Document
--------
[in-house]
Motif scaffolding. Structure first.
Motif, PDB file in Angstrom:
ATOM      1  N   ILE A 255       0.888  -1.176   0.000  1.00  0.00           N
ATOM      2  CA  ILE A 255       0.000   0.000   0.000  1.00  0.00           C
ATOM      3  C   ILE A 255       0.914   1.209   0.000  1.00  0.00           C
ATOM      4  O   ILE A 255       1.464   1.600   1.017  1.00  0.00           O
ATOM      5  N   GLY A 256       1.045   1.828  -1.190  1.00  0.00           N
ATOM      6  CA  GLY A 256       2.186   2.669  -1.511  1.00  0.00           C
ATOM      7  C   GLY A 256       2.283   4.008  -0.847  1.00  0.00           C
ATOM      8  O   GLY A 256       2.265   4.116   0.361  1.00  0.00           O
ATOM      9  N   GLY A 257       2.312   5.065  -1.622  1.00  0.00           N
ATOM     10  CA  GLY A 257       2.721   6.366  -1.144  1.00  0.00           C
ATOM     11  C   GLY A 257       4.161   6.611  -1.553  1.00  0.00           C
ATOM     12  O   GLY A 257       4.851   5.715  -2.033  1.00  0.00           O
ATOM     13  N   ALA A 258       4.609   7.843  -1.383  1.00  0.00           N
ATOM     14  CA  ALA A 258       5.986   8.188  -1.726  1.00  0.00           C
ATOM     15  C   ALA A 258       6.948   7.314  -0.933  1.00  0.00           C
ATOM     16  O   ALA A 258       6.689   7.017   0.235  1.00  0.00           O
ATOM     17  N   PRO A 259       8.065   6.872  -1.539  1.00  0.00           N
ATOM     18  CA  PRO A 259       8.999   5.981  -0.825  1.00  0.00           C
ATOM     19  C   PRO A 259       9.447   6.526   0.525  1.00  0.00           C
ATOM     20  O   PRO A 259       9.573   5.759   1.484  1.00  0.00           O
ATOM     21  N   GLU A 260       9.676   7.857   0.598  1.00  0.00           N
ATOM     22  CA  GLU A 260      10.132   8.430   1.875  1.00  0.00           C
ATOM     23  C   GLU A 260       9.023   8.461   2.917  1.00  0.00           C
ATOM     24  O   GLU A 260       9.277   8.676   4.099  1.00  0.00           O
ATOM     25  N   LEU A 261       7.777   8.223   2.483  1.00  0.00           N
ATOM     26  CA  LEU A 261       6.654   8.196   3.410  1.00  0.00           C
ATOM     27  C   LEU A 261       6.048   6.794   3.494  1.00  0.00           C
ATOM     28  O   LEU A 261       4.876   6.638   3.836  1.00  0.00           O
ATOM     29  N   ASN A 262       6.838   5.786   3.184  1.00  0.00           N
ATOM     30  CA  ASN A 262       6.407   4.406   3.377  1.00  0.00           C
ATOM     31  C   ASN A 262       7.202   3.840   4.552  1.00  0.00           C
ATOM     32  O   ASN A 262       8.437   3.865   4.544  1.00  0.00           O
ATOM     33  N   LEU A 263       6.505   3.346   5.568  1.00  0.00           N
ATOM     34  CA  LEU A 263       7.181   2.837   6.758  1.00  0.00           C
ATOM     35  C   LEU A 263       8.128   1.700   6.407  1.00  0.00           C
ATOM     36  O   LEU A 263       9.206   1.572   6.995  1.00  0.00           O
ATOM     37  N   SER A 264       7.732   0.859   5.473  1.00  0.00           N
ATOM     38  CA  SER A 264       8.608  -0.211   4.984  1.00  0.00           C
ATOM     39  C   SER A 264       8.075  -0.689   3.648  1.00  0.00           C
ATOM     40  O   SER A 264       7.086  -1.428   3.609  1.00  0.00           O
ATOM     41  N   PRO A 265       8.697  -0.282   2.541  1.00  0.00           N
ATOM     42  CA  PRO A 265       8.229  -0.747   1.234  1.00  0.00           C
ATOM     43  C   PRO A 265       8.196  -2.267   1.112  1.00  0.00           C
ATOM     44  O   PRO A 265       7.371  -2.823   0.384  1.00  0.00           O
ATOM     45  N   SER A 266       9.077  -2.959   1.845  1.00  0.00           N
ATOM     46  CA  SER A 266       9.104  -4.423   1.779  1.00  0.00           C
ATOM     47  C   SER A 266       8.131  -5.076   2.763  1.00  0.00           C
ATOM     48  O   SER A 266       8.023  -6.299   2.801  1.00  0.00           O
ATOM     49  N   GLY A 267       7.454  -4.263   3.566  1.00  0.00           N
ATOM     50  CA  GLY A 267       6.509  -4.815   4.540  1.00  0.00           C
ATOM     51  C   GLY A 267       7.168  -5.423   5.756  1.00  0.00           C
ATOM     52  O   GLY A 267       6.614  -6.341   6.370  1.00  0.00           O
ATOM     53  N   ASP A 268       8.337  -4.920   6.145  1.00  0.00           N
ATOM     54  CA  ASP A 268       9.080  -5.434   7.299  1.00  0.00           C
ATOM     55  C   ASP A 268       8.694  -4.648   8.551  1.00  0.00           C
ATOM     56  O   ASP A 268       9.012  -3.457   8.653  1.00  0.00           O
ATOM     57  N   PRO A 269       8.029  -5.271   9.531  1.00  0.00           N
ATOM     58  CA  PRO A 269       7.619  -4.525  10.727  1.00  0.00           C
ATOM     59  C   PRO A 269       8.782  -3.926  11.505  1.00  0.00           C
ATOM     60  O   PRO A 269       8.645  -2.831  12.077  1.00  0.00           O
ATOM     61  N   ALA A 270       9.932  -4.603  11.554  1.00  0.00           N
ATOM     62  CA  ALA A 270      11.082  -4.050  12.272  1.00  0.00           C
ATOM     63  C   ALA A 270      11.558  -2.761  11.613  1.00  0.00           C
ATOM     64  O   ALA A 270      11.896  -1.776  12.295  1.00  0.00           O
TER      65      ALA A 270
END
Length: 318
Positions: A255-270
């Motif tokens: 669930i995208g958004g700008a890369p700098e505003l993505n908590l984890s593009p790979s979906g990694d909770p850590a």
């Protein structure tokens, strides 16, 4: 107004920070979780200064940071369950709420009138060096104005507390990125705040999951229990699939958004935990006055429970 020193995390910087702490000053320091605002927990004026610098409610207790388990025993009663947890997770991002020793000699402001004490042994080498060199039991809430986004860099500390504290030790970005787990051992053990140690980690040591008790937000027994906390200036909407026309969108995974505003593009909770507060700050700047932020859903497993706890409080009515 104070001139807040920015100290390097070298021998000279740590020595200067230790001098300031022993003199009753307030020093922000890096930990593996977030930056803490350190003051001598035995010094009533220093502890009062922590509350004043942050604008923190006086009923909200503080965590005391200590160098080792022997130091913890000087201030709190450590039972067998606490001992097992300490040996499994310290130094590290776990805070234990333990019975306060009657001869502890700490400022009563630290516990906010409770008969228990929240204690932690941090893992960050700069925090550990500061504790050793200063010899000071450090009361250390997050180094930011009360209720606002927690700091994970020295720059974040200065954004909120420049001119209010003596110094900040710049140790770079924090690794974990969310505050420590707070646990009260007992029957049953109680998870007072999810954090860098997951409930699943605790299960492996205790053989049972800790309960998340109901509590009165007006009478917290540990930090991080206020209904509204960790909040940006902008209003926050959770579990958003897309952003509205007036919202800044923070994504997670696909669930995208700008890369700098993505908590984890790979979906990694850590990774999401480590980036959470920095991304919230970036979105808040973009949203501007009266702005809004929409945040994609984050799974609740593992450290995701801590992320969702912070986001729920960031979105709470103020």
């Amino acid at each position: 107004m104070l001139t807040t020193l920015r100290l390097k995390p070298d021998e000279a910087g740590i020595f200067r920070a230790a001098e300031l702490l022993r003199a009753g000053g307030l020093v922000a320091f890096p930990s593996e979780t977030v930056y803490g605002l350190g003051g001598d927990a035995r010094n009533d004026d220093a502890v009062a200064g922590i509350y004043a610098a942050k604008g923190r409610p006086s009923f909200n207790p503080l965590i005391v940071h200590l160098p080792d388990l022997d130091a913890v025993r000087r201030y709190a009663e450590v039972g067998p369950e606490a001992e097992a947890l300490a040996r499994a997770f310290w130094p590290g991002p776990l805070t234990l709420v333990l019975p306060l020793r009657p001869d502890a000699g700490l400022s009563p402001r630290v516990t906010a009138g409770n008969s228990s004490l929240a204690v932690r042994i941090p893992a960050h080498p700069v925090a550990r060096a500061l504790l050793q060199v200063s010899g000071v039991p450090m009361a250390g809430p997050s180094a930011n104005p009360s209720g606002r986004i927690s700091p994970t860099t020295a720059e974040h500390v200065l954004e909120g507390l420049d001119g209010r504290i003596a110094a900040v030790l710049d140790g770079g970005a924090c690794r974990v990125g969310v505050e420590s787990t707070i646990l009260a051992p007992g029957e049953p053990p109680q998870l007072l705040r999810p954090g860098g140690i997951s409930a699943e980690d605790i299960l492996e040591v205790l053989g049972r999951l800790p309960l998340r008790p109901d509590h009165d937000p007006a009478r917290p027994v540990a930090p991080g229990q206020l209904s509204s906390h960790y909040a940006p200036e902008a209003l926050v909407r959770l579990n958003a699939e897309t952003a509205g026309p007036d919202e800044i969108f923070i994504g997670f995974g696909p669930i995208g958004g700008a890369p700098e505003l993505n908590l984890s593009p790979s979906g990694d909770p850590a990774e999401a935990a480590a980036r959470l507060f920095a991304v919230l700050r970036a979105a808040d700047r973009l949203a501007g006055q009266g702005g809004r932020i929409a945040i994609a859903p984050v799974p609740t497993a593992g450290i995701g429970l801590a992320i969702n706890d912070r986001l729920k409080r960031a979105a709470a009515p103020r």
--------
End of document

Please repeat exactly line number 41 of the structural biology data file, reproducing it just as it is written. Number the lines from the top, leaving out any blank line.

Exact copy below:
ATOM     38  CA  SER A 264       8.608  -0.211   4.984  1.00  0.00           C